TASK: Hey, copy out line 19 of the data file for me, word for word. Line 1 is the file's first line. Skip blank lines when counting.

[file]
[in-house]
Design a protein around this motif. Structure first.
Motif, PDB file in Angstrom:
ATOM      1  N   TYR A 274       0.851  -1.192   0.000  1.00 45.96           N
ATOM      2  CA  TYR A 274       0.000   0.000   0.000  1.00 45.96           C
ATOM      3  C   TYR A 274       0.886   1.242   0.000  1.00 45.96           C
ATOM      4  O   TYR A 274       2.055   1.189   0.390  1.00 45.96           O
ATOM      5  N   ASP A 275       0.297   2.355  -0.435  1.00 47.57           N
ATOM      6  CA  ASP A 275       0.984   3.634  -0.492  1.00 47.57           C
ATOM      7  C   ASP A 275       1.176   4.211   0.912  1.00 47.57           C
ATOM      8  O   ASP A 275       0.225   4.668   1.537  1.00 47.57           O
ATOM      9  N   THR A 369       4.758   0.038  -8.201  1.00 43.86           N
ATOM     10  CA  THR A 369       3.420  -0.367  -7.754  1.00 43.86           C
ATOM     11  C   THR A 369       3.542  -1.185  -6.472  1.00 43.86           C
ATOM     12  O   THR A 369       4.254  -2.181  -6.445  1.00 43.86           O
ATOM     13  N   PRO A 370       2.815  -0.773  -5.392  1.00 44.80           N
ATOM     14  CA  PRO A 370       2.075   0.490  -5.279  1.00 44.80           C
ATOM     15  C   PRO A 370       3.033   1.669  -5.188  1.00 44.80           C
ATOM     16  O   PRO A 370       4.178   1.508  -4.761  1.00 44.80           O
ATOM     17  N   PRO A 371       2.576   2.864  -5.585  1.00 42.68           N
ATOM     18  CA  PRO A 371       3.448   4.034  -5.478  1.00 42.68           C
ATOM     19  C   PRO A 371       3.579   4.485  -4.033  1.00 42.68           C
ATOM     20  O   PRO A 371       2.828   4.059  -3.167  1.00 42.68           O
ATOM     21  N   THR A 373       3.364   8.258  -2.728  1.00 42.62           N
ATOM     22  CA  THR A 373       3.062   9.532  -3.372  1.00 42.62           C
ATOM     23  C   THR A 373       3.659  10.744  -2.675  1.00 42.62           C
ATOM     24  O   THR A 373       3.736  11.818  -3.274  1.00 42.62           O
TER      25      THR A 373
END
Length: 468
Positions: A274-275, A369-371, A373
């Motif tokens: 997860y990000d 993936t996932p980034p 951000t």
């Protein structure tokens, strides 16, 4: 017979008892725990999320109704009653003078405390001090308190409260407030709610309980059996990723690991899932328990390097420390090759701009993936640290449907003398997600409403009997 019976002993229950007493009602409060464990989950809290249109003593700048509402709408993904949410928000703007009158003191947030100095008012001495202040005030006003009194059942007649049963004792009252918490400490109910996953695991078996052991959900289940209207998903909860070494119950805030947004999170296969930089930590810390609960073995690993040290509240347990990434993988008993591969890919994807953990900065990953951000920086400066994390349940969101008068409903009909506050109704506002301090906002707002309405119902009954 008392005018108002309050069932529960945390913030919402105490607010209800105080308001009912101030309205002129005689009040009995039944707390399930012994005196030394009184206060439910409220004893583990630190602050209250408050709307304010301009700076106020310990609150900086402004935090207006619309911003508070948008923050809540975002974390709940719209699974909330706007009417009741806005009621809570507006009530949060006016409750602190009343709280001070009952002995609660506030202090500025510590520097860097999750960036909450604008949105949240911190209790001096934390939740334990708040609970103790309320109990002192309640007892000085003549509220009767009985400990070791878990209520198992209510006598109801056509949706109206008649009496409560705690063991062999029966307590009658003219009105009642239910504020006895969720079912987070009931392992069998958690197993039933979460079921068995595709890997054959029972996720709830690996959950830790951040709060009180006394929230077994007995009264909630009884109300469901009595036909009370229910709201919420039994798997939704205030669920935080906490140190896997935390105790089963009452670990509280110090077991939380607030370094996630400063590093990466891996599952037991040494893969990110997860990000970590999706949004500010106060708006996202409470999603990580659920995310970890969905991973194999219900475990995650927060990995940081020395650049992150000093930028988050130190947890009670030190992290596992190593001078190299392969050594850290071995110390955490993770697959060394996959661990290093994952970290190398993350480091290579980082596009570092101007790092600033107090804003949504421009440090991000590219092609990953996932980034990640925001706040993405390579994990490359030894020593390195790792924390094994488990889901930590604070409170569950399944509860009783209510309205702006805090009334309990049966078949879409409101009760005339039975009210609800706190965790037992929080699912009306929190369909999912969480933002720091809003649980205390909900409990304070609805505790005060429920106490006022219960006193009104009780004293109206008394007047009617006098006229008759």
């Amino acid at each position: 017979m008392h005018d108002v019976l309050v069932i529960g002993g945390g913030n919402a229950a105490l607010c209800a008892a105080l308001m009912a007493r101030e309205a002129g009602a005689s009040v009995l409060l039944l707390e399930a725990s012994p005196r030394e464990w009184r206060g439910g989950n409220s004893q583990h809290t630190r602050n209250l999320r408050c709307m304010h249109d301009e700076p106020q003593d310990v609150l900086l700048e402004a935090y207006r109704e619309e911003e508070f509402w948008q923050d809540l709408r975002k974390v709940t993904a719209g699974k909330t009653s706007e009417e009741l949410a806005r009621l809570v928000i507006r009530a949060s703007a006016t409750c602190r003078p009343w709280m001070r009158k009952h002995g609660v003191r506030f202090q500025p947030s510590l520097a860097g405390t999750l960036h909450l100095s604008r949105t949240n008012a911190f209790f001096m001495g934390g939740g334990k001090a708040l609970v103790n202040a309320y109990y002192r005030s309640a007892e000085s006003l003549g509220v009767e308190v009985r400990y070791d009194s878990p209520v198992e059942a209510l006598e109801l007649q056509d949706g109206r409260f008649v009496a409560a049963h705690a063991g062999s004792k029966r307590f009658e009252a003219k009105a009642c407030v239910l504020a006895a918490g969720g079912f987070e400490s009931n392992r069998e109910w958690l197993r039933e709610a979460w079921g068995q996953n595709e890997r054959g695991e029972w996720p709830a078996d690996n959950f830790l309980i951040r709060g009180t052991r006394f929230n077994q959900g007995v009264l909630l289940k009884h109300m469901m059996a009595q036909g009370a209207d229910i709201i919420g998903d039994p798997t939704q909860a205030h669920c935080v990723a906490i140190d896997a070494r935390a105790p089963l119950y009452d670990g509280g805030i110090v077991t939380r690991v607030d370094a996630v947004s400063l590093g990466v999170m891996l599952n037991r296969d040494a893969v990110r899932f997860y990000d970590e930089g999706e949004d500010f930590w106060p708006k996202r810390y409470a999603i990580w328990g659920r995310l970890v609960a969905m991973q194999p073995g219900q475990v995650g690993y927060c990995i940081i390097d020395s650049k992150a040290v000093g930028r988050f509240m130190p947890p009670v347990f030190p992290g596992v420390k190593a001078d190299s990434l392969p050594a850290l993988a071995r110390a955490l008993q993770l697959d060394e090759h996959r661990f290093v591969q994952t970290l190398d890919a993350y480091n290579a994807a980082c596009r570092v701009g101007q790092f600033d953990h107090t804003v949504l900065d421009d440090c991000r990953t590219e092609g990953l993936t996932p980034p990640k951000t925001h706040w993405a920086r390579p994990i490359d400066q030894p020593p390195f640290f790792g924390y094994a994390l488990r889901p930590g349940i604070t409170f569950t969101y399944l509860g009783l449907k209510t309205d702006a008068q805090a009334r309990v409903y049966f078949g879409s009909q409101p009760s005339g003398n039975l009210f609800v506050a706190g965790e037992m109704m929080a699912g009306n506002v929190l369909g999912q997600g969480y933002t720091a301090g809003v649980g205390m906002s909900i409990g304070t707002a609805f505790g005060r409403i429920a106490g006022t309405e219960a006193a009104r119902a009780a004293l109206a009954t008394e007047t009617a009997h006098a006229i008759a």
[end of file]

ATOM     16  O   PRO A 370       4.178   1.508  -4.761  1.00 44.80           O